For some time, the Gambling Commission (the “Commission”) has emphasised to the industry the “importance of putting consumers at the heart of business culture and practice.” As part of its own commitment to achieving this, it approached the team behind Resolver to make it available for gambling consumers to use. From 1 August 2017 gambling consumers are now able to raise complaints against operators via Resolver.
Most readers are likely to have heard of Resolver, if only from the recent industry press attention it has attracted. It was first mentioned in the Commission’s March 2017 publication Complaints processes in the gambling industry a review one year after the introduction of the ADR scheme. At the time, and as remains the case, the Commission message was very clear; it wanted to see operators striving for excellence in handling consumer complaints and not merely focusing on meeting legal and regulatory requirements. The recent launch has prompted us to pop up the hood and take a closer look. If you are an avid Harris Hagan blog reader, you may notice that this blog post has been amended in light of a recent Resolver news alert.
What is Resolver?
Resolver, which was founded after an energy provider ignored a complaint, is used across numerous sectors, including energy suppliers, public services, insurance, travel, shops and banks. It is a free online tool to help consumers raise and resolve complaints quickly and easily. The purpose is faultless and one that should, in principle, be applauded.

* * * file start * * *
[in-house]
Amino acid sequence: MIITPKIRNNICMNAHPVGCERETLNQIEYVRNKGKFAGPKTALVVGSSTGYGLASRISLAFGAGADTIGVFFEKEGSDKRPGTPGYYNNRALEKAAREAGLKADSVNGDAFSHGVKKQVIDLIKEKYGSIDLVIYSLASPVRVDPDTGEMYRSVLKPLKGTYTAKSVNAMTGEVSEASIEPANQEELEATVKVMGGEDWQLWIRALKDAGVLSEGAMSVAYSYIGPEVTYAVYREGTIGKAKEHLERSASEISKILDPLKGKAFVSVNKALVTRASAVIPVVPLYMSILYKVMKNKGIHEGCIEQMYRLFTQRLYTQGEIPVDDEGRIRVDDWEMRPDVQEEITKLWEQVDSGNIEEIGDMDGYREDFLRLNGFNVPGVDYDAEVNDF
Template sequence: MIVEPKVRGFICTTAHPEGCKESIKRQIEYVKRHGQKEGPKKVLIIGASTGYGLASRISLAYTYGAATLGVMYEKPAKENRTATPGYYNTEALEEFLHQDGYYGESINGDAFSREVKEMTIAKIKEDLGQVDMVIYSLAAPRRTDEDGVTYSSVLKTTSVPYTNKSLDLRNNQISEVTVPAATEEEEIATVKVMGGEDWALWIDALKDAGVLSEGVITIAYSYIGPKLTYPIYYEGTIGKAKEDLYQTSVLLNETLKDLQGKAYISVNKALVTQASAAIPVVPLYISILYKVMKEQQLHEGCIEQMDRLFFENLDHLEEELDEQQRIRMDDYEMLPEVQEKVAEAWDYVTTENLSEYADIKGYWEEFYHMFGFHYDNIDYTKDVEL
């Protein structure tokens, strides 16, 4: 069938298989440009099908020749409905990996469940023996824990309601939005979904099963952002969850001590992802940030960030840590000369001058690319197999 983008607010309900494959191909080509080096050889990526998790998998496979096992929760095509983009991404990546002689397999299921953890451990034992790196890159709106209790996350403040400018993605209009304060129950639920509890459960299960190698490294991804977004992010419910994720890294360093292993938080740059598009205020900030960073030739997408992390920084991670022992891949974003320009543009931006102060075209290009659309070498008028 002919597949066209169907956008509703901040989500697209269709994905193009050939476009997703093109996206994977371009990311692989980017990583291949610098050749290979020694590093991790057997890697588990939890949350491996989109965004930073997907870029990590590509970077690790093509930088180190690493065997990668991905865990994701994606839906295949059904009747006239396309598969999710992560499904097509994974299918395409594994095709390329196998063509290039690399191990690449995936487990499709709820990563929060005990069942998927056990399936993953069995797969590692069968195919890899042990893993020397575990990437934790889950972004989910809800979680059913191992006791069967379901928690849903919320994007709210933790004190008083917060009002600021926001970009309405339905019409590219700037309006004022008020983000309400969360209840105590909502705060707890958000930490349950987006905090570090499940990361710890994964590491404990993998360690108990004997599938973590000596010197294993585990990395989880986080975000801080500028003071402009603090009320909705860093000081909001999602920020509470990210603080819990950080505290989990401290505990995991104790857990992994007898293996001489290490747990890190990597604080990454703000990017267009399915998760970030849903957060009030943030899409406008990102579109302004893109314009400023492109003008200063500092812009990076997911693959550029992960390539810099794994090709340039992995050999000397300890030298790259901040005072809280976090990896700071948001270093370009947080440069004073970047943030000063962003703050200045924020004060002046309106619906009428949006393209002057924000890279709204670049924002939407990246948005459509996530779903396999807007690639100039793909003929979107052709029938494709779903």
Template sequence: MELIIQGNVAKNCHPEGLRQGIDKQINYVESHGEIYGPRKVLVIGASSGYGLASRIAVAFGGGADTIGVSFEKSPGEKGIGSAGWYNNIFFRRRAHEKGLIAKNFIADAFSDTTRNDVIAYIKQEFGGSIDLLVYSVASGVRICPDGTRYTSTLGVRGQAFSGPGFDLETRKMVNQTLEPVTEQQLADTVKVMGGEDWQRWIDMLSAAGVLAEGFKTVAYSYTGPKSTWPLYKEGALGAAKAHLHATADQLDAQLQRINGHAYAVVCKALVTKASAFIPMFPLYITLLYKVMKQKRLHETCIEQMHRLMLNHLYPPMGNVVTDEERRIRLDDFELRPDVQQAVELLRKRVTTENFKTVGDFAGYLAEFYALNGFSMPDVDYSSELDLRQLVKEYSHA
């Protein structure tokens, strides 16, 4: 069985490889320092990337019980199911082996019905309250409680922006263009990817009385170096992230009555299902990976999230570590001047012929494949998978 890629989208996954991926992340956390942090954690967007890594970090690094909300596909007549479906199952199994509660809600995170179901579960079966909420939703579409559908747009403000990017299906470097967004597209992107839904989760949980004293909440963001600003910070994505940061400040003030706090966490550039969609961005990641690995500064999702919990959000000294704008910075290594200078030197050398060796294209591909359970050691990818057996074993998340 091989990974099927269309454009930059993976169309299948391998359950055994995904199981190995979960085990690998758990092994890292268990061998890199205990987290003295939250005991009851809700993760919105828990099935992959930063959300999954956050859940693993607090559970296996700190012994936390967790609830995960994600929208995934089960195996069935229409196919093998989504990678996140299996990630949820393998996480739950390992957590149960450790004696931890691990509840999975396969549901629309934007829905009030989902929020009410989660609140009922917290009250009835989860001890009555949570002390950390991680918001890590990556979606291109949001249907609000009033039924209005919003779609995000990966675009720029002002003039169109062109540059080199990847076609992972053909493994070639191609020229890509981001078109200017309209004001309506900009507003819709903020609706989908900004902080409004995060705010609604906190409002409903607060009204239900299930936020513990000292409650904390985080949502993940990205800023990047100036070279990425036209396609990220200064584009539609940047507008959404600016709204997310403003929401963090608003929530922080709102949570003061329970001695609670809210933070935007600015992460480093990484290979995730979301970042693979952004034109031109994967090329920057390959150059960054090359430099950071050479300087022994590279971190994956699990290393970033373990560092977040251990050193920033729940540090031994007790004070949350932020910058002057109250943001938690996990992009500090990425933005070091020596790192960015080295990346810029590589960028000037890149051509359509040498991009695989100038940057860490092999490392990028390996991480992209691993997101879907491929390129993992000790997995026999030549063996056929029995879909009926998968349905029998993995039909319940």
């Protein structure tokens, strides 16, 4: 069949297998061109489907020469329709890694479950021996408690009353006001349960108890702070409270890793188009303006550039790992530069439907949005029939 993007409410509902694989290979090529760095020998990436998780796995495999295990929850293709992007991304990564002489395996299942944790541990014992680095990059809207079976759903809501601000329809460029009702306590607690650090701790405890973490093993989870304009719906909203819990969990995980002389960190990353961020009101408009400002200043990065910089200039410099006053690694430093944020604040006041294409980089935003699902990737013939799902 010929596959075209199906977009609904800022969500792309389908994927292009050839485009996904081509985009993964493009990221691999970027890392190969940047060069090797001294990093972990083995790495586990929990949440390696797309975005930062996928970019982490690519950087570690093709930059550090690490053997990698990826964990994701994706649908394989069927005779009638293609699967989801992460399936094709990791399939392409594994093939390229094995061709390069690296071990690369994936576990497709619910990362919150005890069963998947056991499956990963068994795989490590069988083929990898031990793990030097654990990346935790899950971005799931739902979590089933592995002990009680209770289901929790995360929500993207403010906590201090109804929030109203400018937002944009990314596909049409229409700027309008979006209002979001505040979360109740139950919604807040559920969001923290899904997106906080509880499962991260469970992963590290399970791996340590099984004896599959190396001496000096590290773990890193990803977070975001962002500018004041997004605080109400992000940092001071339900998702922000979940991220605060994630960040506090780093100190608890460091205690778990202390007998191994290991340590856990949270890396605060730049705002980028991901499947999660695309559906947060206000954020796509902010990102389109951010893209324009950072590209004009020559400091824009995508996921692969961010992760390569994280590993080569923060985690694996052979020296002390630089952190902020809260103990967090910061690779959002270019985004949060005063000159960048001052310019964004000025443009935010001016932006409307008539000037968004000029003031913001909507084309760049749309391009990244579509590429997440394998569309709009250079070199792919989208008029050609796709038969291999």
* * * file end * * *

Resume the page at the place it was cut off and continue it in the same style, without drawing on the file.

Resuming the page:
Resolver acts as a “one-stop shop” and performs the following functions:
• explains the consumer’s rights in simple terms;
• helps the consumer to prepare an email using a template;
• allows the consumer to record all communications in the same place;
• creates a case file for the consumer; and
• tells the consumer when to escalate their case to the next stage.
At the time of writing there are 17 pages of “rights guides” on gambling, including information on misleading promotions, promoting to children, unwanted marketing, self-exclusion not being observed, not being notified of changes to terms and conditions and issues withdrawing customer funds.
Plainly, there are benefits to operators actively engaging, and encouraging consumers to use, Resolver. The use of Resolver’s template letters should make complaints more intelligible. In theory, this ought to make complaints easier, quicker and cheaper to process. I recently used Resolver to complain about Amazon, a company that is notoriously difficult to contact. My complaint letter was produced and fired off to Amazon within minutes of me filling in a few simple boxes. It was very easy and there is a case file that shows me, at a glance, within how many days Amazon’s first line should respond to my complaint before I am able to escalate to someone more senior. More than two weeks after my complaint, I am still waiting for a response.
Is Resolver mandatory?
Whilst the Commission has stated that it expects operators to accept complaints via Resolver, it is not mandatory. To make it mandatory the Commission would need to make it a licence condition, which would be subject to public consultation.
Are operators added automatically?
A recent Resolver news alert suggests that operators are being signed-up by Resolver i.e. without seeking operators’ consent. The news alert states: “Adding gambling companies to the Resolver system will be a gradual process. The gambling companies perceived to be the largest were uploaded to the system first, others will be added over the following weeks and months.”